Diferencias de género en la calidad de vida relacionada con la salud en adolescentes escolarizados chilenos

0Citations
Citations of this article
15Readers
Mendeley users who have this article in their library.

Abstract

Background: Health-related quality of life (HRQOL) refers to individuals’ perception of their subjective well-being, considering various aspects of their life and the impact on their health. Aim: To analyze gender differences in the HRQOL of adolescent students in Chile, by age, type of school attended, and area of residence. Material and Methods: Analytical cross-sectional study conducted in a population of 5th and 12th grade students attending municipal, subsidized and private schools in 11 regions of the country. HRQOL was assessed with the KIDSCREEN-52, an instrument that has been previously adapted and validated in Chile. The database obtained from that adaption and validation process was analyzed. Results: In total, 7,910 students (median age 14 years, 53% female) completed the questionnaire. Compared to males, females had lower HRQOL scores in most of the KIDSCREEN-52 dimensions. However, males were more likely to have lower scores in the “Peers and Social Support” and “School Environment” dimensions. These differences remained valid when the sample was stratified by age, type of school, and area of residence were analyzed. Conclusions: This study supports the existence of inequalities in the self-perceived HRQOL of Chilean adolescent students. The existing differences are not only related to gender but are also evident when stratifying by type of school attended.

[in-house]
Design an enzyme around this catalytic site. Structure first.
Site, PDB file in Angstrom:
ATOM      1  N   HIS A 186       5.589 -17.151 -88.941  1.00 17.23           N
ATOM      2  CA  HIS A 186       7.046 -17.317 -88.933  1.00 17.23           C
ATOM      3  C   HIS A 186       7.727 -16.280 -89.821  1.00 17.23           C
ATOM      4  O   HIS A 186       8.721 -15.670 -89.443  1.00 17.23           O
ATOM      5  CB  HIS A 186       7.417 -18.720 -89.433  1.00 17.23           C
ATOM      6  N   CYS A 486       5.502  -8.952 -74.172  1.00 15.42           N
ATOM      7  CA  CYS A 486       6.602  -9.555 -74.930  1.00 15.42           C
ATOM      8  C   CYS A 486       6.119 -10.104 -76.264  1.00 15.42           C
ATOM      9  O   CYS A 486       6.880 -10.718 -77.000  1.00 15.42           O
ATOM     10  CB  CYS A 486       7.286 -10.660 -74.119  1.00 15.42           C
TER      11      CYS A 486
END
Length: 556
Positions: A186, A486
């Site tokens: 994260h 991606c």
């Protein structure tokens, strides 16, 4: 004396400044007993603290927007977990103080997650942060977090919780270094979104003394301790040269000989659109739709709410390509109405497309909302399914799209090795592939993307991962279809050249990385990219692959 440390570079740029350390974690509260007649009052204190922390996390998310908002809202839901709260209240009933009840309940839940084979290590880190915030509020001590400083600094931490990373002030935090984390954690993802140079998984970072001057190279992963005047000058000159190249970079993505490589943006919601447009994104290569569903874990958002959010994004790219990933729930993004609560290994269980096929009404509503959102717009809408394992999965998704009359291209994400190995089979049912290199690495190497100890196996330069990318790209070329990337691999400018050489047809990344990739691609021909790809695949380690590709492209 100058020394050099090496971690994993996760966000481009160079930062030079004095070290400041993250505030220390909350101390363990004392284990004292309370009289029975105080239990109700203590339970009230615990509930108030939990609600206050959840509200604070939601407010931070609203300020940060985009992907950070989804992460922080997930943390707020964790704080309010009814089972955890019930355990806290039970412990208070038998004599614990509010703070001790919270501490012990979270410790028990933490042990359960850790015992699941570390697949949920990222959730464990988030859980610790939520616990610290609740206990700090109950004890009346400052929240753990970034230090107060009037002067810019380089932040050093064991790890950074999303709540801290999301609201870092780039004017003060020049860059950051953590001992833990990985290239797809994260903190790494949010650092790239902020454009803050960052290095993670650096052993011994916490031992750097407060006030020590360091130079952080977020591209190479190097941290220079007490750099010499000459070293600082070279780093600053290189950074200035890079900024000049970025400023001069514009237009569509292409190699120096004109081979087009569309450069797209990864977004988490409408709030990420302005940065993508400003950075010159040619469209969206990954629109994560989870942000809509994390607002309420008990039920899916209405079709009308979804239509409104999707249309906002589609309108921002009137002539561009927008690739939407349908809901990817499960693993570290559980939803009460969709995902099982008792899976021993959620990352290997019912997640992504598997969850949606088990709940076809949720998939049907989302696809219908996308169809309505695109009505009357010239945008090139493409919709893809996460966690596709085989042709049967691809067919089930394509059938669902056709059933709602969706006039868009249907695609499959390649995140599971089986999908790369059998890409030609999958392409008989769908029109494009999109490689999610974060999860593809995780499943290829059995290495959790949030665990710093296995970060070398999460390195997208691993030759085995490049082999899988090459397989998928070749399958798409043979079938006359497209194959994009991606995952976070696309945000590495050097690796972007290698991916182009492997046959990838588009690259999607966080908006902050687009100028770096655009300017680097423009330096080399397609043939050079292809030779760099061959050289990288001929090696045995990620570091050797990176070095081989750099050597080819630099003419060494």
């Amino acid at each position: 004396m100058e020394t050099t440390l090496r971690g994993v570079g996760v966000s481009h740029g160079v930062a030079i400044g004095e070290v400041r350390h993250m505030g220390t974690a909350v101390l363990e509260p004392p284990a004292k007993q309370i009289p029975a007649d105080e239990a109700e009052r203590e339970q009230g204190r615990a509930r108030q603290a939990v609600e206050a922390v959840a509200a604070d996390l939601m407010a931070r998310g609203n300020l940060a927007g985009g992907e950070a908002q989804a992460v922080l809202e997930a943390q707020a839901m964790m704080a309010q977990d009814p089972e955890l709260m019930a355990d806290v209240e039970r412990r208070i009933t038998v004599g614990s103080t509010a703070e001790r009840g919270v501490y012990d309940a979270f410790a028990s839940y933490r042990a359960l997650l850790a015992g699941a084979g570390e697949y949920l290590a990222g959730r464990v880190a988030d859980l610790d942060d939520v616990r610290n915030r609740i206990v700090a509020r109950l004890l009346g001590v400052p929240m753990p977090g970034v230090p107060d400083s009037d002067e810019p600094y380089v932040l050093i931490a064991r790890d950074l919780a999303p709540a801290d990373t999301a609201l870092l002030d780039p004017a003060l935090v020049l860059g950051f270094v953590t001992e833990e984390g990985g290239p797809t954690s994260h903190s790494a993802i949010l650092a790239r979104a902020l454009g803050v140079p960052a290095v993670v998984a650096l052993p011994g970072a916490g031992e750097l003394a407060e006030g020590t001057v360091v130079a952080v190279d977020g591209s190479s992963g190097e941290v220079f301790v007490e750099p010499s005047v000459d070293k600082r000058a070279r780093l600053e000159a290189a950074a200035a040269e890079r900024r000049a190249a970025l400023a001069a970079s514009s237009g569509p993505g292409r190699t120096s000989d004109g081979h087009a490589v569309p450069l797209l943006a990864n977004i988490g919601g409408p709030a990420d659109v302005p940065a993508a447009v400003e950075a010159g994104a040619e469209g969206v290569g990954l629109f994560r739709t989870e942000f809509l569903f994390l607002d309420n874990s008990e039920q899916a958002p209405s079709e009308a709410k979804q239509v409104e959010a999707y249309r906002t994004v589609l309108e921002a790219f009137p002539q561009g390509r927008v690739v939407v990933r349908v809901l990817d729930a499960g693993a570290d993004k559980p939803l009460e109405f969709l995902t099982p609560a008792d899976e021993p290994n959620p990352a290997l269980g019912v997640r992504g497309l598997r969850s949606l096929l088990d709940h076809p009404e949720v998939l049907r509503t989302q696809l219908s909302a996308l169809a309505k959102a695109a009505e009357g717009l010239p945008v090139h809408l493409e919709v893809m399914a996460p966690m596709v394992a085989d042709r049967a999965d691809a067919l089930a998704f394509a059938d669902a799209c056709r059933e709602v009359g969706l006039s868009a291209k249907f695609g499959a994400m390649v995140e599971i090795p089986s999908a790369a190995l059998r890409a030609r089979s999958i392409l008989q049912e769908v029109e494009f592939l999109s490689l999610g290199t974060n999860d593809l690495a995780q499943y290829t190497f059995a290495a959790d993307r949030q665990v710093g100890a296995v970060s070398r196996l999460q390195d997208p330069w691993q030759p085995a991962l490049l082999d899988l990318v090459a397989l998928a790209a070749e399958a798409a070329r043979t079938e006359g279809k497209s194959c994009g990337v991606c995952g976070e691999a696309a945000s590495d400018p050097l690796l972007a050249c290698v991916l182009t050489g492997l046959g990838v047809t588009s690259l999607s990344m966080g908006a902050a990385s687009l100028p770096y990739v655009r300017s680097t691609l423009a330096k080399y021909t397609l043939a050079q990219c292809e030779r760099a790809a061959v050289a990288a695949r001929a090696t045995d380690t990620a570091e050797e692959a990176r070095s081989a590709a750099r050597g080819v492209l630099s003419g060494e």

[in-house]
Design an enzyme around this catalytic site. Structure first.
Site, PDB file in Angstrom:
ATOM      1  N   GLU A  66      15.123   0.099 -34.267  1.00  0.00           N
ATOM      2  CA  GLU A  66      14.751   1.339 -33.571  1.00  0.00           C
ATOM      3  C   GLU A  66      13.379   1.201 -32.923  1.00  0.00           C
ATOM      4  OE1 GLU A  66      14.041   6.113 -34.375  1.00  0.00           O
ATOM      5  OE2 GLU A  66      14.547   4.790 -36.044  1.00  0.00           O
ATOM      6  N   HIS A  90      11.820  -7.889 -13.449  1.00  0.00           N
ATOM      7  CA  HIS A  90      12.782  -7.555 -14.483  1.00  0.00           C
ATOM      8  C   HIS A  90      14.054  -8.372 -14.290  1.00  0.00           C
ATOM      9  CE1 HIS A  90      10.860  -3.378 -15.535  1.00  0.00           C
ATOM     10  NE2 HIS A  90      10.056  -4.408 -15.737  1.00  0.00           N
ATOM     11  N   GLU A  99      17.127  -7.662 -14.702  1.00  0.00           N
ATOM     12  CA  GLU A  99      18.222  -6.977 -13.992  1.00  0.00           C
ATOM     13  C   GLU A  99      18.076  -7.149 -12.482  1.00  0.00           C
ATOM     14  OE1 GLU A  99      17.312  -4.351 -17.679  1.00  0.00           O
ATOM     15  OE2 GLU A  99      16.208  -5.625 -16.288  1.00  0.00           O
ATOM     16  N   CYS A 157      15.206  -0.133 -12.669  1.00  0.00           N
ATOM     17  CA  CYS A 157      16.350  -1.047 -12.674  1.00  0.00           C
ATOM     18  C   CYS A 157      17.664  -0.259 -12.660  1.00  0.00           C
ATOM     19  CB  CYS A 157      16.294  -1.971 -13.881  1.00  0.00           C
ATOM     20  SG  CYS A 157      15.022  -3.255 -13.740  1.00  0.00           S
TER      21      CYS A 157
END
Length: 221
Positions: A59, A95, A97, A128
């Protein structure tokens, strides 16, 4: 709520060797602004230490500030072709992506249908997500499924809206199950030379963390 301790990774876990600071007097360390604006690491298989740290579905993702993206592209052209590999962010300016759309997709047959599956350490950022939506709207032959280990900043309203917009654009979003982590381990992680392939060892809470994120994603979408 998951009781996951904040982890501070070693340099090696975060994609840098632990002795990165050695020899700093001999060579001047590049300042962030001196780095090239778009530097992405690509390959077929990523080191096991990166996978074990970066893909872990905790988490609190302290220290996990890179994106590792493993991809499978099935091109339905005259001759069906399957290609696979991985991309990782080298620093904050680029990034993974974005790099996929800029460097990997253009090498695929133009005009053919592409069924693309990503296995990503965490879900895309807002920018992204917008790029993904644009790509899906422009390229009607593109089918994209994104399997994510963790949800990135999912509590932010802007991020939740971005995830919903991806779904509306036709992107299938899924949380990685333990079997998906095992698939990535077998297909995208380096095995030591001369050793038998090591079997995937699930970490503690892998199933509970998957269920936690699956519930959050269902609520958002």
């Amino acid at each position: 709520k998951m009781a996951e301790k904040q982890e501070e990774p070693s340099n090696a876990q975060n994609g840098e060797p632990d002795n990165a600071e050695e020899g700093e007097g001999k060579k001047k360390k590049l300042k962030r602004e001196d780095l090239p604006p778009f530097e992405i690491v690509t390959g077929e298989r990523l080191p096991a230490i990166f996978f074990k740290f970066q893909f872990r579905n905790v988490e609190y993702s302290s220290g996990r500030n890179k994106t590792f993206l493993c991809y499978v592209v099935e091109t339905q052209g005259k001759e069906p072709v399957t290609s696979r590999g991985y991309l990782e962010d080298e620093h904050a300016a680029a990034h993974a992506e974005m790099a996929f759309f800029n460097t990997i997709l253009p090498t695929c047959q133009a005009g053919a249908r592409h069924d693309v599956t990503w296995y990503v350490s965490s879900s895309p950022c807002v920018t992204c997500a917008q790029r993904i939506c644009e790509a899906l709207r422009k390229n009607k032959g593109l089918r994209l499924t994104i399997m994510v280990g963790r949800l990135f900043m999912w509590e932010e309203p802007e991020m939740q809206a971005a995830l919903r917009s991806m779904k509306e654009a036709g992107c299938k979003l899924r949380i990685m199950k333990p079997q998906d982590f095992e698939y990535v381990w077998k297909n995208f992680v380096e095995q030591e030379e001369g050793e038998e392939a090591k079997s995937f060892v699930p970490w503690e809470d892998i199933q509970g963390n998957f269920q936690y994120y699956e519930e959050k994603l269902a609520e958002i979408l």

Cite

CITATION STYLE

APA

González A., E., Martínez N., V., Molina G., T., George L., M., Sepúlveda P., R., Molina C., R., & Hidalgo-Rasmussen, C. (2016). Diferencias de género en la calidad de vida relacionada con la salud en adolescentes escolarizados chilenos. Revista Medica de Chile, 144(3), 298–306. https://doi.org/10.4067/S0034-98872016000300004

Register to see more suggestions

Mendeley helps you to discover research relevant for your work.

Already have an account?

Save time finding and organizing research with Mendeley

Sign up for free